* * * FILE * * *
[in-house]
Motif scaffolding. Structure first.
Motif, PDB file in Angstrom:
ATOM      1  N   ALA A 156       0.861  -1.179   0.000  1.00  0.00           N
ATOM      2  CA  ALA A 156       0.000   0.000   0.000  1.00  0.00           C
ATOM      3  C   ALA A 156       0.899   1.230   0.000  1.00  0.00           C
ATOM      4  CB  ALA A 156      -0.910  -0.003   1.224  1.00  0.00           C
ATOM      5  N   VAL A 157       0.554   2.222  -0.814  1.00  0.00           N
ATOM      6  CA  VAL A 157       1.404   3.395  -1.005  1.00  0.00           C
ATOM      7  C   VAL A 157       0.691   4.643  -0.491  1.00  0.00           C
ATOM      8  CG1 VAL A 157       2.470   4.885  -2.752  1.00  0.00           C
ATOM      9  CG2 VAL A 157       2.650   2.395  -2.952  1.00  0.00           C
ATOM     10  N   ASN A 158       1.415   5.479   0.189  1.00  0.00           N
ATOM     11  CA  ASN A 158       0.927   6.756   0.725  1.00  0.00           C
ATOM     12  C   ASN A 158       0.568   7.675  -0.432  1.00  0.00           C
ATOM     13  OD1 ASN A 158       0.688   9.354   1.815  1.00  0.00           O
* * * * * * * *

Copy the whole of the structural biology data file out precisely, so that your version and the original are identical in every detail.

[in-house]
Motif scaffolding. Structure first.
Motif, PDB file in Angstrom:
ATOM      1  N   ALA A 156       0.861  -1.179   0.000  1.00  0.00           N
ATOM      2  CA  ALA A 156       0.000   0.000   0.000  1.00  0.00           C
ATOM      3  C   ALA A 156       0.899   1.230   0.000  1.00  0.00           C
ATOM      4  CB  ALA A 156      -0.910  -0.003   1.224  1.00  0.00           C
ATOM      5  N   VAL A 157       0.554   2.222  -0.814  1.00  0.00           N
ATOM      6  CA  VAL A 157       1.404   3.395  -1.005  1.00  0.00           C
ATOM      7  C   VAL A 157       0.691   4.643  -0.491  1.00  0.00           C
ATOM      8  CG1 VAL A 157       2.470   4.885  -2.752  1.00  0.00           C
ATOM      9  CG2 VAL A 157       2.650   2.395  -2.952  1.00  0.00           C
ATOM     10  N   ASN A 158       1.415   5.479   0.189  1.00  0.00           N
ATOM     11  CA  ASN A 158       0.927   6.756   0.725  1.00  0.00           C
ATOM     12  C   ASN A 158       0.568   7.675  -0.432  1.00  0.00           C
ATOM     13  OD1 ASN A 158       0.688   9.354   1.815  1.00  0.00           O